I've a recent dearth of posts because I've been focusing upon other things: finishing and then proofreading that Lenten study, creating a new seminar course for this new fall semester, and also writing poetry. Regarding that last one, I was, earlier this year, entirely startled to have a chapbook manuscript accepted for publication (you can order it here :-) ), which in turn has inspired me to develop more poems and work more diligently on style and subject matter.
For a long time I’ve loved reading poetry, especially contemporary poems, and also I hoped I would become a published poet myself. "Long time" is about forty-five years in a so-far 58-year life. My parents had an old book called Chief American Poets (Houghton Mifflin, 1905), with selected poems by Bryant, Poe, Emerson, Longfellow, Whittier, Holmes, Lowell, Whitman, and Lanier. I still have the book. When I was a teenager in the 1970s, I'd read it as I lay in the backyard to work on my tan (a futile and tedious process, long ago given up so I wouldn't damage my skin, but at the time I wanted to read a good book in the sunshine). I remember that favorite poems therein included William Cullen Bryant’s poem “Thanatopsis,” which he wrote when he was a teenager, Sidney Lanier’s “The Symphony” and his “The Marshes of Glynn.” I also dearly loved Masters' Spoon River Anthology (which I also still have), the often tragic voices of the people of his graveyard.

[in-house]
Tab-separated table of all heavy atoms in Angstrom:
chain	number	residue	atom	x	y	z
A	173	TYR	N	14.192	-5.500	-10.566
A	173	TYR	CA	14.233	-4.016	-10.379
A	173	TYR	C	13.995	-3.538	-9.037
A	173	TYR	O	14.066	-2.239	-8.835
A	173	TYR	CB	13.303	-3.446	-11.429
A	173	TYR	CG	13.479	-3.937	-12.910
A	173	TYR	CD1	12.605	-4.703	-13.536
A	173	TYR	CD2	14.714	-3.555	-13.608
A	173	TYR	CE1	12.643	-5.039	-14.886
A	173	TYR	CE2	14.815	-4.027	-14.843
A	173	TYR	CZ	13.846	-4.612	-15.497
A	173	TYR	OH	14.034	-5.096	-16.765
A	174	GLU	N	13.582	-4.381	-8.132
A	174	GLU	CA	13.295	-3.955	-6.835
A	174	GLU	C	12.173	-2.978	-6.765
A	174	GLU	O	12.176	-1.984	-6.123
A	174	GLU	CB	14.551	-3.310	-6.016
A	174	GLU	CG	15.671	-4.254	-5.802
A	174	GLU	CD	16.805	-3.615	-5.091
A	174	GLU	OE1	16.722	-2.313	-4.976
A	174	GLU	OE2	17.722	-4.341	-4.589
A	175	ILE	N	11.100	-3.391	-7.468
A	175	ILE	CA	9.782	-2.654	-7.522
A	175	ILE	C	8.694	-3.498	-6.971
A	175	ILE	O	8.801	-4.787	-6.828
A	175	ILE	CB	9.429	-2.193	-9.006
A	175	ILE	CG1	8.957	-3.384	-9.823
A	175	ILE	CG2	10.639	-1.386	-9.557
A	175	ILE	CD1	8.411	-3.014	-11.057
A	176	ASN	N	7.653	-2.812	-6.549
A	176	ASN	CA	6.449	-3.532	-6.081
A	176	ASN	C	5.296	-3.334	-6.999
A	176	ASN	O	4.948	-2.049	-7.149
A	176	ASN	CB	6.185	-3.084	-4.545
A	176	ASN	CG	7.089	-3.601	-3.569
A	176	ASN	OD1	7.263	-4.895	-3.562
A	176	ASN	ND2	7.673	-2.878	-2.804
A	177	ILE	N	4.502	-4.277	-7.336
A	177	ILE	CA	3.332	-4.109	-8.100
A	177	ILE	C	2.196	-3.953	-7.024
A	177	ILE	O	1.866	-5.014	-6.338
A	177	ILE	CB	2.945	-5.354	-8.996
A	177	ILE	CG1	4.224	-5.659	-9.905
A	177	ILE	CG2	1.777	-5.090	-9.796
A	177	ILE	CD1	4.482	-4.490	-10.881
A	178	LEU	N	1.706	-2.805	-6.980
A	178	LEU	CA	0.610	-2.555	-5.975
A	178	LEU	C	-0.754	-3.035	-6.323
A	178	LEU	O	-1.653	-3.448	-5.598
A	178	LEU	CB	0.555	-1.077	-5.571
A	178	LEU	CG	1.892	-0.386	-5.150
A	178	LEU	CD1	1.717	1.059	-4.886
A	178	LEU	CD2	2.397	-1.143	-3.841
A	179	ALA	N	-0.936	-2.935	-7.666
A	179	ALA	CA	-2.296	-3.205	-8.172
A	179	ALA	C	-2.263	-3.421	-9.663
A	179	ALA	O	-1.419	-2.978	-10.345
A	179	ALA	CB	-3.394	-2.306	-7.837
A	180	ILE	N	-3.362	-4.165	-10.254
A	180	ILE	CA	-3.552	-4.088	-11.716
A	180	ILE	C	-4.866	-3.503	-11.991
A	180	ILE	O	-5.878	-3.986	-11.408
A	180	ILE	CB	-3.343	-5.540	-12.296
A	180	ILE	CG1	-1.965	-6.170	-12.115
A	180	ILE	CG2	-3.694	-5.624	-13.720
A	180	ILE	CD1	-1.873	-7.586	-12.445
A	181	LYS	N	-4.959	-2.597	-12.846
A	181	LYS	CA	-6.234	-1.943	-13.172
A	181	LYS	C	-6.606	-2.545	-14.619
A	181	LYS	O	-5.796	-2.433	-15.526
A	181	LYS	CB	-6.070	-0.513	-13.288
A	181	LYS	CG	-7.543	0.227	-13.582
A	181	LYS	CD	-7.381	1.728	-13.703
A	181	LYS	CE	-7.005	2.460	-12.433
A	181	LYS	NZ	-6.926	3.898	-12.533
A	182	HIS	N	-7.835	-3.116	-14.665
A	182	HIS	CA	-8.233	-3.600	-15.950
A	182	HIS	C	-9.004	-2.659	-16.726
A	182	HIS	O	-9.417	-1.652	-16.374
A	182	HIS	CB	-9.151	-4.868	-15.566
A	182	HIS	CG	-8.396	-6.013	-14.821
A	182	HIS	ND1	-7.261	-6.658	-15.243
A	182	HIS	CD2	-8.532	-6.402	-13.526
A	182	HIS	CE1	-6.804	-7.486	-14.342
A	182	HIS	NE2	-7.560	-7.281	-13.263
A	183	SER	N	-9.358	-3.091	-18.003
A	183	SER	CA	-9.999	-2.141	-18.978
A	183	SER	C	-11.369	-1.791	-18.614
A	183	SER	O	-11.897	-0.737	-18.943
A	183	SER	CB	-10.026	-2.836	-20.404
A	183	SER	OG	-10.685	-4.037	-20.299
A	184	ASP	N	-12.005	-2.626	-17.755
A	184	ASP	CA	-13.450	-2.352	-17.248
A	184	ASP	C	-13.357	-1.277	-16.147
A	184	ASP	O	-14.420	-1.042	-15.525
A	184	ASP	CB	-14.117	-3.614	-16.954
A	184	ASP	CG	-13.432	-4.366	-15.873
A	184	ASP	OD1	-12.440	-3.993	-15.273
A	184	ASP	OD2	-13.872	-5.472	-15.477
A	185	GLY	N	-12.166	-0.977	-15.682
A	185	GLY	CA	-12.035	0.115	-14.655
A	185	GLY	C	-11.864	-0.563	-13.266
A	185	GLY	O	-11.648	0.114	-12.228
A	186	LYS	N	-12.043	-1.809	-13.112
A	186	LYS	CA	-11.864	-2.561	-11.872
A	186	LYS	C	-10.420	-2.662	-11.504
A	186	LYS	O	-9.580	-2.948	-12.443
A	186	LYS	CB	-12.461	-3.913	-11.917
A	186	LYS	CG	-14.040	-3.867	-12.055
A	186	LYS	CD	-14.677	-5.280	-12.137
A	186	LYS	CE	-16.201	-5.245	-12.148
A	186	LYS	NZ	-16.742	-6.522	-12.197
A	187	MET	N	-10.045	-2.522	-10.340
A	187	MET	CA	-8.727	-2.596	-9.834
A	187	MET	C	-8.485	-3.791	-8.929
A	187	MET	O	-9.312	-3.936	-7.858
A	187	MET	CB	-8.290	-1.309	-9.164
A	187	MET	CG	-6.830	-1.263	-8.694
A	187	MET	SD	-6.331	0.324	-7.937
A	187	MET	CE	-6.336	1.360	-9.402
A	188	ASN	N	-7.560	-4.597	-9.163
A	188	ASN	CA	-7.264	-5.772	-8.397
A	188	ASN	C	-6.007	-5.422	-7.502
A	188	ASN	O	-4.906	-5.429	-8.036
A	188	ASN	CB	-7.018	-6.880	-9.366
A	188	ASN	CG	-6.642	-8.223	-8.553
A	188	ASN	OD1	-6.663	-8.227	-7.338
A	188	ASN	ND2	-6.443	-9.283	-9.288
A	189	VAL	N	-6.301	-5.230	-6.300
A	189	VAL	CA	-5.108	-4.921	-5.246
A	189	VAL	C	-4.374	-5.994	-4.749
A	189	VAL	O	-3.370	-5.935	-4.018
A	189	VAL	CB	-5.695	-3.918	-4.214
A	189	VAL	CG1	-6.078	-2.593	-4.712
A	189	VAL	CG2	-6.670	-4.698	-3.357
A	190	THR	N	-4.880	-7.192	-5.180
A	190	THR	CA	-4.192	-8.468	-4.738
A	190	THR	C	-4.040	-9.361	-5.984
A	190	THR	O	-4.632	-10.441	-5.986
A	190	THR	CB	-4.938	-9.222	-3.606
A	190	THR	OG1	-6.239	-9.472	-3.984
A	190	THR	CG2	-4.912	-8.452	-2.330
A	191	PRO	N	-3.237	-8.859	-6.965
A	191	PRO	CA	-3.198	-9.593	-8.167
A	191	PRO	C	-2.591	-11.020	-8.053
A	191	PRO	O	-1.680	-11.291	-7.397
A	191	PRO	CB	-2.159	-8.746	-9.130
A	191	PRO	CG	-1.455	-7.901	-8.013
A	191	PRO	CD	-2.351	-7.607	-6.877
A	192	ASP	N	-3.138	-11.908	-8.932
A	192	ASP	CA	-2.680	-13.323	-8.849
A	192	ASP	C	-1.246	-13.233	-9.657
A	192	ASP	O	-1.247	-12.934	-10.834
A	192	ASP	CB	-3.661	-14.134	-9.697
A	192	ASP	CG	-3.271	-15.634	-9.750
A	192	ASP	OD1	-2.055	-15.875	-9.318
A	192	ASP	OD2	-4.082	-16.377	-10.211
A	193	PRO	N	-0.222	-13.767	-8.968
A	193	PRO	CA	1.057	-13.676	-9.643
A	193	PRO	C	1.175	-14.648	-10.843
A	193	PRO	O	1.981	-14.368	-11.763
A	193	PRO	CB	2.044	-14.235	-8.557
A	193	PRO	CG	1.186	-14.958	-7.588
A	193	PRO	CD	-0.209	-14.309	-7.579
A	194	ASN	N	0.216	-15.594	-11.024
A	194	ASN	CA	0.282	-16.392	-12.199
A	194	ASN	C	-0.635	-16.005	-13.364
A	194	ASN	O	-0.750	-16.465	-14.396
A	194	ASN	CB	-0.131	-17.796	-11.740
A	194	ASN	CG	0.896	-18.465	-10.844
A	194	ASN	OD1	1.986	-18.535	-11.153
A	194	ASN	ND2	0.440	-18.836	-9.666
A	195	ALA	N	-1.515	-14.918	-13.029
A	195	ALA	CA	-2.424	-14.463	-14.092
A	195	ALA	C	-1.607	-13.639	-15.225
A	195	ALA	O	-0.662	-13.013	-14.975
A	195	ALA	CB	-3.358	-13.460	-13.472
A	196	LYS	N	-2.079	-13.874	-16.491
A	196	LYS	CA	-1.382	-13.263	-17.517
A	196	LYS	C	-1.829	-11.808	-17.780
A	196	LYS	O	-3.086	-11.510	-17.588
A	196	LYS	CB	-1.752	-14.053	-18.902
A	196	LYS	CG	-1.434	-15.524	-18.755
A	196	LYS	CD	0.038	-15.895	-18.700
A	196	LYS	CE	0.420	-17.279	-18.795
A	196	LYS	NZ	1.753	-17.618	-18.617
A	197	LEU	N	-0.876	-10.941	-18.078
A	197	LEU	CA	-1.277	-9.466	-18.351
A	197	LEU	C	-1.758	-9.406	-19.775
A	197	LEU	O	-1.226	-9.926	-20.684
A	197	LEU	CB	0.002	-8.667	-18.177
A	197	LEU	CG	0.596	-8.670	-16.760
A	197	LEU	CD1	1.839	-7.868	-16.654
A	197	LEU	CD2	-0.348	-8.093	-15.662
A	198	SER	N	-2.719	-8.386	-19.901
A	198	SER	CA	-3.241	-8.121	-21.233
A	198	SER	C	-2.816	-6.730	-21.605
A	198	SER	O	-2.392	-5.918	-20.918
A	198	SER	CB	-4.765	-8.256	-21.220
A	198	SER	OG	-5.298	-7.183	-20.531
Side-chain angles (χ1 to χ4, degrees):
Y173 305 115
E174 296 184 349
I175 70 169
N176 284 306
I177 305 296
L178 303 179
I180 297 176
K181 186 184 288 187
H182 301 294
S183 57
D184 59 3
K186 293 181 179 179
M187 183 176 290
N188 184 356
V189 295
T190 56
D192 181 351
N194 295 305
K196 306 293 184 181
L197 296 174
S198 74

I had an exceptional English teacher at Greenville College, Dr. Elva McAllaster. Forty years ago right now, I began her freshman writing class; happily, I'm Facebook friends with some classmates in that course. One of my projects was a longish poem of a man with a lost love but that love nevertheless redeemed him---a rather Wagnerian theme before I knew of Wagner, and characteristic of my insecurities of that time. (I really, really wanted a girlfriend!) Dr. Mac, as we called her, praised the poem and gave me an A, but to the benefit of all, the poem is no longer extant.